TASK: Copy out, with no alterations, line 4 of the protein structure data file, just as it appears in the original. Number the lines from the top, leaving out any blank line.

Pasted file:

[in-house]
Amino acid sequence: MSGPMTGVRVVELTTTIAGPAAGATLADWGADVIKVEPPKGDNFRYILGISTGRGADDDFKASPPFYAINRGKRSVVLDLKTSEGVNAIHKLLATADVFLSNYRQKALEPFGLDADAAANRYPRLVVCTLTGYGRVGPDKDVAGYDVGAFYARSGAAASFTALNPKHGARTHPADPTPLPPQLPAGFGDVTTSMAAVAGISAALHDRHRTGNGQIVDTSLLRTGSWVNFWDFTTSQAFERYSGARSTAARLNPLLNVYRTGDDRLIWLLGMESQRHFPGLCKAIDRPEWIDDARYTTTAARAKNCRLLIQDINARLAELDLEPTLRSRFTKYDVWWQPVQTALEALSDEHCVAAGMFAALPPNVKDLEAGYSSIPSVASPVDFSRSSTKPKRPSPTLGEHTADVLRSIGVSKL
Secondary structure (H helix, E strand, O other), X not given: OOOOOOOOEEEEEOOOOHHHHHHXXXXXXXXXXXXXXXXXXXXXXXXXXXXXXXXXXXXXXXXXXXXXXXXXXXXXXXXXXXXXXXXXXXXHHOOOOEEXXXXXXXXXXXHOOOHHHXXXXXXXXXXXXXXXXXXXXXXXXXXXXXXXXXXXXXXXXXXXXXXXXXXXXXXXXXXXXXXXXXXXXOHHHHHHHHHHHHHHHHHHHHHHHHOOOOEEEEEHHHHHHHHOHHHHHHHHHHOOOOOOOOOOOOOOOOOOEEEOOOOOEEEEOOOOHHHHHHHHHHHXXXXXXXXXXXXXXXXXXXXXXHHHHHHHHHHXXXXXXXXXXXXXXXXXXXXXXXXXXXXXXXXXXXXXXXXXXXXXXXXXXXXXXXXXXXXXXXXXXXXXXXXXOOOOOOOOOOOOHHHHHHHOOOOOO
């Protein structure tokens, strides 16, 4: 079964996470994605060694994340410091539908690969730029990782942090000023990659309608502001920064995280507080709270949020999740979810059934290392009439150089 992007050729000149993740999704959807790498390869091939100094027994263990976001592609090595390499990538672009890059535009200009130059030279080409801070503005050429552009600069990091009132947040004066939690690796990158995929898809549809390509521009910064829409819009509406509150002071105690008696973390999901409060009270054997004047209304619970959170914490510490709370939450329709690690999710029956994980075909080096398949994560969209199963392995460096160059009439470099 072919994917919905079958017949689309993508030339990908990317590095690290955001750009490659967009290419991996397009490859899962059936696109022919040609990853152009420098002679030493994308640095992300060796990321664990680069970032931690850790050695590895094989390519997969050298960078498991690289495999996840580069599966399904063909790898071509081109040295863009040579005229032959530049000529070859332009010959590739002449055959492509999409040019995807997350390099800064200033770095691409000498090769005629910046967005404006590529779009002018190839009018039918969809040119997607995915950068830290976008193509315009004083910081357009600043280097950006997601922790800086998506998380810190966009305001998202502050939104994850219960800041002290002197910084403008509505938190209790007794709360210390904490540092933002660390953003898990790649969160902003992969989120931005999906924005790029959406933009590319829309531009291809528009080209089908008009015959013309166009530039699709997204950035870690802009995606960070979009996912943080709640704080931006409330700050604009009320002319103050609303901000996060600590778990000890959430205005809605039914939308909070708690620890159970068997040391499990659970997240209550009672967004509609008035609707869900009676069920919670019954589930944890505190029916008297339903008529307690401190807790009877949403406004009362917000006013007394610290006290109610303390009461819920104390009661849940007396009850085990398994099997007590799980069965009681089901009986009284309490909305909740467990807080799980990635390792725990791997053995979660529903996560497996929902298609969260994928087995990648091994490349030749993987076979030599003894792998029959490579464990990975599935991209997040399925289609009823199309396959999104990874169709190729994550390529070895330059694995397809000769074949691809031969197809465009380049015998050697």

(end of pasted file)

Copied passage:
């Protein structure tokens, strides 16, 4: 079964996470994605060694994340410091539908690969730029990782942090000023990659309608502001920064995280507080709270949020999740979810059934290392009439150089 992007050729000149993740999704959807790498390869091939100094027994263990976001592609090595390499990538672009890059535009200009130059030279080409801070503005050429552009600069990091009132947040004066939690690796990158995929898809549809390509521009910064829409819009509406509150002071105690008696973390999901409060009270054997004047209304619970959170914490510490709370939450329709690690999710029956994980075909080096398949994560969209199963392995460096160059009439470099 072919994917919905079958017949689309993508030339990908990317590095690290955001750009490659967009290419991996397009490859899962059936696109022919040609990853152009420098002679030493994308640095992300060796990321664990680069970032931690850790050695590895094989390519997969050298960078498991690289495999996840580069599966399904063909790898071509081109040295863009040579005229032959530049000529070859332009010959590739002449055959492509999409040019995807997350390099800064200033770095691409000498090769005629910046967005404006590529779009002018190839009018039918969809040119997607995915950068830290976008193509315009004083910081357009600043280097950006997601922790800086998506998380810190966009305001998202502050939104994850219960800041002290002197910084403008509505938190209790007794709360210390904490540092933002660390953003898990790649969160902003992969989120931005999906924005790029959406933009590319829309531009291809528009080209089908008009015959013309166009530039699709997204950035870690802009995606960070979009996912943080709640704080931006409330700050604009009320002319103050609303901000996060600590778990000890959430205005809605039914939308909070708690620890159970068997040391499990659970997240209550009672967004509609008035609707869900009676069920919670019954589930944890505190029916008297339903008529307690401190807790009877949403406004009362917000006013007394610290006290109610303390009461819920104390009661849940007396009850085990398994099997007590799980069965009681089901009986009284309490909305909740467990807080799980990635390792725990791997053995979660529903996560497996929902298609969260994928087995990648091994490349030749993987076979030599003894792998029959490579464990990975599935991209997040399925289609009823199309396959999104990874169709190729994550390529070895330059694995397809000769074949691809031969197809465009380049015998050697």